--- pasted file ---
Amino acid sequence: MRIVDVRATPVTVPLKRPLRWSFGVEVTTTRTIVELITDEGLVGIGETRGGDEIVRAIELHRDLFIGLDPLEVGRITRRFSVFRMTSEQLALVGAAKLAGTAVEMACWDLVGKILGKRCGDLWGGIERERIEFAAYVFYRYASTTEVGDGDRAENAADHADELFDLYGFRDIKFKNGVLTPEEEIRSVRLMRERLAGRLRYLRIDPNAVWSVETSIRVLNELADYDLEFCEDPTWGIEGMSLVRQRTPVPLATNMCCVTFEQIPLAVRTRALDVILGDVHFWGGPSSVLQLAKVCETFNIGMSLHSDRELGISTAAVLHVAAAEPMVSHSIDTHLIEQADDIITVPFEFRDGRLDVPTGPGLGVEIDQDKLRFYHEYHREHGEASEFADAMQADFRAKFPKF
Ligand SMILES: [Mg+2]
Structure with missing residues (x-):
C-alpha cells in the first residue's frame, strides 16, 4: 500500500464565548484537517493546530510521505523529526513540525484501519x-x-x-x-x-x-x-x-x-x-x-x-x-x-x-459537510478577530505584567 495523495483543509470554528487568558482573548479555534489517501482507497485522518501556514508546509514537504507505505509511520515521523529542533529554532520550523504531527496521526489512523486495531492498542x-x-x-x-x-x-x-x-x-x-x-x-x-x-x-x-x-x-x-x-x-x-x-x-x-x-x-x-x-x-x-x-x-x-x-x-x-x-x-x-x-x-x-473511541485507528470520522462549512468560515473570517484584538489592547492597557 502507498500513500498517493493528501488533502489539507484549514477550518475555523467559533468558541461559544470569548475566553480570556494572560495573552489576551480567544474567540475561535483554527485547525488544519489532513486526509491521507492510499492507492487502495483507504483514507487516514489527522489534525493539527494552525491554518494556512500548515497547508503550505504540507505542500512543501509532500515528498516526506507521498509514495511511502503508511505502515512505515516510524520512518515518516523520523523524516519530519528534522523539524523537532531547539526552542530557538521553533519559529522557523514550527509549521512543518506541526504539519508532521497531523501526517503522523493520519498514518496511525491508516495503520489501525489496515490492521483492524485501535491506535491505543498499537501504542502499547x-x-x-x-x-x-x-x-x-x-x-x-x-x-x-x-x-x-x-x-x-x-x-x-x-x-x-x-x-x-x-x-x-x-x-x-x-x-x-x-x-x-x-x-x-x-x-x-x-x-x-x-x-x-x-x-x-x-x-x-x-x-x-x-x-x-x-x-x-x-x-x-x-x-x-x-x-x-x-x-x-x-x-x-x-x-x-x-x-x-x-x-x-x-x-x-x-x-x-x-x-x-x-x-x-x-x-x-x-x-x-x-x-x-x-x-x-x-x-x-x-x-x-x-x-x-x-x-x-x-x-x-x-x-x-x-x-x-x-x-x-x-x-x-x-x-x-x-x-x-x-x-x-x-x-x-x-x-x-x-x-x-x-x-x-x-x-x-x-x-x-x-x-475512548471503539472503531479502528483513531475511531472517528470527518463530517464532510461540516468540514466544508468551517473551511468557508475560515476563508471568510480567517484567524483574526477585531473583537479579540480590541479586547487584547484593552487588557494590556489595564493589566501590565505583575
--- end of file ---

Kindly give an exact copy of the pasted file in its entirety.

Amino acid sequence: MRIVDVRATPVTVPLKRPLRWSFGVEVTTTRTIVELITDEGLVGIGETRGGDEIVRAIELHRDLFIGLDPLEVGRITRRFSVFRMTSEQLALVGAAKLAGTAVEMACWDLVGKILGKRCGDLWGGIERERIEFAAYVFYRYASTTEVGDGDRAENAADHADELFDLYGFRDIKFKNGVLTPEEEIRSVRLMRERLAGRLRYLRIDPNAVWSVETSIRVLNELADYDLEFCEDPTWGIEGMSLVRQRTPVPLATNMCCVTFEQIPLAVRTRALDVILGDVHFWGGPSSVLQLAKVCETFNIGMSLHSDRELGISTAAVLHVAAAEPMVSHSIDTHLIEQADDIITVPFEFRDGRLDVPTGPGLGVEIDQDKLRFYHEYHREHGEASEFADAMQADFRAKFPKF
Ligand SMILES: [Mg+2]
Structure with missing residues (x-):
C-alpha cells in the first residue's frame, strides 16, 4: 500500500464565548484537517493546530510521505523529526513540525484501519x-x-x-x-x-x-x-x-x-x-x-x-x-x-x-459537510478577530505584567 495523495483543509470554528487568558482573548479555534489517501482507497485522518501556514508546509514537504507505505509511520515521523529542533529554532520550523504531527496521526489512523486495531492498542x-x-x-x-x-x-x-x-x-x-x-x-x-x-x-x-x-x-x-x-x-x-x-x-x-x-x-x-x-x-x-x-x-x-x-x-x-x-x-x-x-x-x-473511541485507528470520522462549512468560515473570517484584538489592547492597557 502507498500513500498517493493528501488533502489539507484549514477550518475555523467559533468558541461559544470569548475566553480570556494572560495573552489576551480567544474567540475561535483554527485547525488544519489532513486526509491521507492510499492507492487502495483507504483514507487516514489527522489534525493539527494552525491554518494556512500548515497547508503550505504540507505542500512543501509532500515528498516526506507521498509514495511511502503508511505502515512505515516510524520512518515518516523520523523524516519530519528534522523539524523537532531547539526552542530557538521553533519559529522557523514550527509549521512543518506541526504539519508532521497531523501526517503522523493520519498514518496511525491508516495503520489501525489496515490492521483492524485501535491506535491505543498499537501504542502499547x-x-x-x-x-x-x-x-x-x-x-x-x-x-x-x-x-x-x-x-x-x-x-x-x-x-x-x-x-x-x-x-x-x-x-x-x-x-x-x-x-x-x-x-x-x-x-x-x-x-x-x-x-x-x-x-x-x-x-x-x-x-x-x-x-x-x-x-x-x-x-x-x-x-x-x-x-x-x-x-x-x-x-x-x-x-x-x-x-x-x-x-x-x-x-x-x-x-x-x-x-x-x-x-x-x-x-x-x-x-x-x-x-x-x-x-x-x-x-x-x-x-x-x-x-x-x-x-x-x-x-x-x-x-x-x-x-x-x-x-x-x-x-x-x-x-x-x-x-x-x-x-x-x-x-x-x-x-x-x-x-x-x-x-x-x-x-x-x-x-x-x-x-475512548471503539472503531479502528483513531475511531472517528470527518463530517464532510461540516468540514466544508468551517473551511468557508475560515476563508471568510480567517484567524483574526477585531473583537479579540480590541479586547487584547484593552487588557494590556489595564493589566501590565505583575